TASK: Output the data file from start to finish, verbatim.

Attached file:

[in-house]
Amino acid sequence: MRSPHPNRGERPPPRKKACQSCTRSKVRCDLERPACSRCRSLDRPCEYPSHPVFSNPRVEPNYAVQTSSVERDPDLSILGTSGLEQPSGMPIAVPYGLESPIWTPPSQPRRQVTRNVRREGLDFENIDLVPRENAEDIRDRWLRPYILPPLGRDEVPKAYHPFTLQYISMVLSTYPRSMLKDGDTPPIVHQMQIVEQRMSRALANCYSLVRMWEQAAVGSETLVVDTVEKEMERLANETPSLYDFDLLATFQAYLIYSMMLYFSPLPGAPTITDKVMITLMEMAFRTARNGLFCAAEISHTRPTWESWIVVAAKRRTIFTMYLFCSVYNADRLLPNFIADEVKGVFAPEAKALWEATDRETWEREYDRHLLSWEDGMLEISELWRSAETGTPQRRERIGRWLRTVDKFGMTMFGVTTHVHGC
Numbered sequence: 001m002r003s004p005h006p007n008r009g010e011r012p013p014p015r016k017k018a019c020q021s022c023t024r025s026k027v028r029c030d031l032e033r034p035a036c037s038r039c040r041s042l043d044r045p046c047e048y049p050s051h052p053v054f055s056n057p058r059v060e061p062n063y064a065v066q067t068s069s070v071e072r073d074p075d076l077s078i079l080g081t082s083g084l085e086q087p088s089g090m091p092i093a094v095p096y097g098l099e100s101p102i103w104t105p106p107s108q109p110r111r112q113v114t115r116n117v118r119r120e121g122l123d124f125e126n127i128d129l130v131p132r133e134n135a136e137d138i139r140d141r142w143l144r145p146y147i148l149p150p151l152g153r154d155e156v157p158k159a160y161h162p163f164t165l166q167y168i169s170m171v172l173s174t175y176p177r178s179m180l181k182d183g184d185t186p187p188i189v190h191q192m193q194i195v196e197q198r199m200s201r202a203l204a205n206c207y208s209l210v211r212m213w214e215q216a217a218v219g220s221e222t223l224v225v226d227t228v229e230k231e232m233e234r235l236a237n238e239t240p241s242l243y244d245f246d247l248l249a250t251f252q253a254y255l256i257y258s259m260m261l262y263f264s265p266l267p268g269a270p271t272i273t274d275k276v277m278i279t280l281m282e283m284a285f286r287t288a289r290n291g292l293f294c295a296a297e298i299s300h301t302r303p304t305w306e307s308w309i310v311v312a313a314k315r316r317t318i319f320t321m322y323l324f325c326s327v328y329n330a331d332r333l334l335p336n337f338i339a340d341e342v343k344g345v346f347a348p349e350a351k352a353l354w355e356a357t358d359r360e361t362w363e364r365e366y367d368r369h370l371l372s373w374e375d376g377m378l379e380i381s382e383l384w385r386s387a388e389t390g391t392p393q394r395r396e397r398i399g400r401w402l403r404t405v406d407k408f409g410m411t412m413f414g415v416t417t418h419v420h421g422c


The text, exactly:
[in-house]
Amino acid sequence: MRSPHPNRGERPPPRKKACQSCTRSKVRCDLERPACSRCRSLDRPCEYPSHPVFSNPRVEPNYAVQTSSVERDPDLSILGTSGLEQPSGMPIAVPYGLESPIWTPPSQPRRQVTRNVRREGLDFENIDLVPRENAEDIRDRWLRPYILPPLGRDEVPKAYHPFTLQYISMVLSTYPRSMLKDGDTPPIVHQMQIVEQRMSRALANCYSLVRMWEQAAVGSETLVVDTVEKEMERLANETPSLYDFDLLATFQAYLIYSMMLYFSPLPGAPTITDKVMITLMEMAFRTARNGLFCAAEISHTRPTWESWIVVAAKRRTIFTMYLFCSVYNADRLLPNFIADEVKGVFAPEAKALWEATDRETWEREYDRHLLSWEDGMLEISELWRSAETGTPQRRERIGRWLRTVDKFGMTMFGVTTHVHGC
Numbered sequence: 001m002r003s004p005h006p007n008r009g010e011r012p013p014p015r016k017k018a019c020q021s022c023t024r025s026k027v028r029c030d031l032e033r034p035a036c037s038r039c040r041s042l043d044r045p046c047e048y049p050s051h052p053v054f055s056n057p058r059v060e061p062n063y064a065v066q067t068s069s070v071e072r073d074p075d076l077s078i079l080g081t082s083g084l085e086q087p088s089g090m091p092i093a094v095p096y097g098l099e100s101p102i103w104t105p106p107s108q109p110r111r112q113v114t115r116n117v118r119r120e121g122l123d124f125e126n127i128d129l130v131p132r133e134n135a136e137d138i139r140d141r142w143l144r145p146y147i148l149p150p151l152g153r154d155e156v157p158k159a160y161h162p163f164t165l166q167y168i169s170m171v172l173s174t175y176p177r178s179m180l181k182d183g184d185t186p187p188i189v190h191q192m193q194i195v196e197q198r199m200s201r202a203l204a205n206c207y208s209l210v211r212m213w214e215q216a217a218v219g220s221e222t223l224v225v226d227t228v229e230k231e232m233e234r235l236a237n238e239t240p241s242l243y244d245f246d247l248l249a250t251f252q253a254y255l256i257y258s259m260m261l262y263f264s265p266l267p268g269a270p271t272i273t274d275k276v277m278i279t280l281m282e283m284a285f286r287t288a289r290n291g292l293f294c295a296a297e298i299s300h301t302r303p304t305w306e307s308w309i310v311v312a313a314k315r316r317t318i319f320t321m322y323l324f325c326s327v328y329n330a331d332r333l334l335p336n337f338i339a340d341e342v343k344g345v346f347a348p349e350a351k352a353l354w355e356a357t358d359r360e361t362w363e364r365e366y367d368r369h370l371l372s373w374e375d376g377m378l379e380i381s382e383l384w385r386s387a388e389t390g391t392p393q394r395r396e397r398i399g400r401w402l403r404t405v406d407k408f409g410m411t412m413f414g415v416t417t418h419v420h421g422c